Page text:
C2 Cause and Effect. Students understand that empirical evidence is required to differentiate between cause and correlation and to make claims about specific causes and effects. They suggest cause and effect relationships to explain and predict behaviors in complex natural and designed systems. They also propose causal relationships by examining what is known about smaller scale mechanisms within the system. They recognize changes in systems may have various causes that may not have equal effects.
C4 Systems and System Models. Students can investigate or analyze a system by defining its boundaries and initial conditions, as well as its inputs and outputs. They can use models (e.g., physical, mathematical, computer models) to simulate the flow of energy, matter, and interactions within and between systems at different scales. They can also use models and simulations to predict the behavior of a system, and recognize that these predictions have limited precision and reliability due to the assumptions and approximations inherent in the models. They can also design systems to do specific tasks.
C5 Energy and Matter. Students learn that the total amount of energy and matter in closed systems is conserved. They can describe changes of energy and matter in a system in terms of energy and matter flows into, out of, and within that system. They also learn that energy cannot be created or destroyed. It only moves between one place and another place, between objects and/or fields, or between systems. Energy drives the cycling of matter within and between systems. In nuclear processes, atoms are not conserved, but the total number of protons plus neutrons is conserved.
C7 Stability and Change. Students understand much of science deals with constructing explanations of how things change and how they remain stable. They quantify and model changes in systems over very short or very long periods of time. They see some changes are irreversible, and negative feedback can stabilize a system, while positive feedback can destabilize it. They recognize systems can be designed for greater or lesser stability
Disciplinary Core IdeasPermalink to Disciplinary Core Ideas
ESS1.C The History of Planet Earth. Rock strata and the fossil record can be used as evidence to organize the relative occurrence of major historical events in Earth’s history.
ESS2.A Earth Materials and Systems. Energy flows and matter cycles within and among Earth’s systems, including the sun and Earth’s interior as primary energy sources. Plate tectonics is one result of these processes.
PS2.B Types of Interactions. Forces that act at a distance involve fields that can be mapped by their relative strength and effect on an object.
PS3.B Conservation of Energy and Energy Transfer. Kinetic energy can be distinguished from the various forms of potential energy. Energy changes to and from each type can be tracked through physical or chemical interactions. The relationship between the temperature and the total energy of a system depends on the types, states, and amounts of matter.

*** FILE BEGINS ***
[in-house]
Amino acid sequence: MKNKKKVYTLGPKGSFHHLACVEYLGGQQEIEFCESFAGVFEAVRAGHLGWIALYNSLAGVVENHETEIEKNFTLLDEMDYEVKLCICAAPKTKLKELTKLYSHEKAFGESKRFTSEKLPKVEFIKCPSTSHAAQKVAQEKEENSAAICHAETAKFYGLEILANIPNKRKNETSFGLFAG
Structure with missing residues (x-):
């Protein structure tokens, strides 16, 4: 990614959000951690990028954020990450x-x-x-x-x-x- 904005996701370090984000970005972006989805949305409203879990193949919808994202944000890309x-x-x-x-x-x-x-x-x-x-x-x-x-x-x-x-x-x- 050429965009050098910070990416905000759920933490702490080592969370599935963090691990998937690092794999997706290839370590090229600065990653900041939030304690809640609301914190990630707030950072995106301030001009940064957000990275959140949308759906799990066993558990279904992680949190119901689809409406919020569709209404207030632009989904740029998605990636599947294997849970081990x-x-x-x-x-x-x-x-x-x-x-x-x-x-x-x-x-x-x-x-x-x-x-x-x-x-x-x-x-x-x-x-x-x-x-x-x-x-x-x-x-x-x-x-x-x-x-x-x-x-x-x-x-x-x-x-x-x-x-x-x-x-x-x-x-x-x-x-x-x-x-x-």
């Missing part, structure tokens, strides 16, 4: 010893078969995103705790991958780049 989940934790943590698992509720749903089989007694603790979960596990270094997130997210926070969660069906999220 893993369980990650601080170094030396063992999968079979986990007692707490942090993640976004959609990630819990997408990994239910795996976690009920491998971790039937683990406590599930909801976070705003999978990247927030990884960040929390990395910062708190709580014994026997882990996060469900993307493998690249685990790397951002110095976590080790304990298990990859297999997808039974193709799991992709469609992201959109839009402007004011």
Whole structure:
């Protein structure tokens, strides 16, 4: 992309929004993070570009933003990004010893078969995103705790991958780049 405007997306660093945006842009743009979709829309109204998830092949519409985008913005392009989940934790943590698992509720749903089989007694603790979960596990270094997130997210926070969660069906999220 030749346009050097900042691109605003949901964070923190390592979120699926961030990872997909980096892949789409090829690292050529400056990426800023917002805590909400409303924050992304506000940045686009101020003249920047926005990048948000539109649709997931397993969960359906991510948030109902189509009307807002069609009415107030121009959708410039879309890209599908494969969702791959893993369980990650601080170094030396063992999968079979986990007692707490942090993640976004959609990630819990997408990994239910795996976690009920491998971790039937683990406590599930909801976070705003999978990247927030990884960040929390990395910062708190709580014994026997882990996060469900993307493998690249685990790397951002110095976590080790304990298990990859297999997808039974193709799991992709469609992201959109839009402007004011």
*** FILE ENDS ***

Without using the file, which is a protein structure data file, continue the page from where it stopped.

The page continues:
PS3.C Relationship between energy and forces. When two objects interact, each one exerts a force on the other, and these forces can transfer energy between them.
ESS1.C The History of Planet Earth. The rock record resulting from tectonic and other geoscience processes as well as objects from the solar system can provide evidence of Earth’s early history and the relative ages of major geologic formations.
ESS2.A Earth Materials and Systems. Feedback effects exist within and among Earth’s systems.The geological record shows that changes to global and regional climate can be caused by interactions among changes in the sun’s energy output or Earth’s orbit, tectonic events, ocean circulation, volcanic activity, glaciers, vegetation, and human activities.
PS2.B Types of Interactions. Forces at a distance are explained by fields that can transfer energy and can be described in terms of the arrangement and properties of the interacting objects and the distance between them. These forces can be used to describe the relationship between electrical and magnetic fields.
PS3.B Conservation of Energy and Energy Transfer. Systems move toward stable states.
PS3.C Relationship between energy and forces. Fields contain energy that depends on the arrangement of the objects in the field.
PS4.B Electromagnetic Radiation. Both an electromagnetic wave model and a photon model explain features of electromagnetic radiation broadly and describe common applications of electromagnetic radiation.
Notable FeaturesPermalink to Notable Features
- The magnetic poles (indicated by green circles) slowly move with time
- The magnetic declination varies with time due to changes of the Earth's magnetic field
- Since the 1970's the Magnetic North Pole has accelerated from less than 10 to more than 30 miles per year
Data SourcePermalink to Data Source
NOAA National Centers for Environmental Information (NCEI)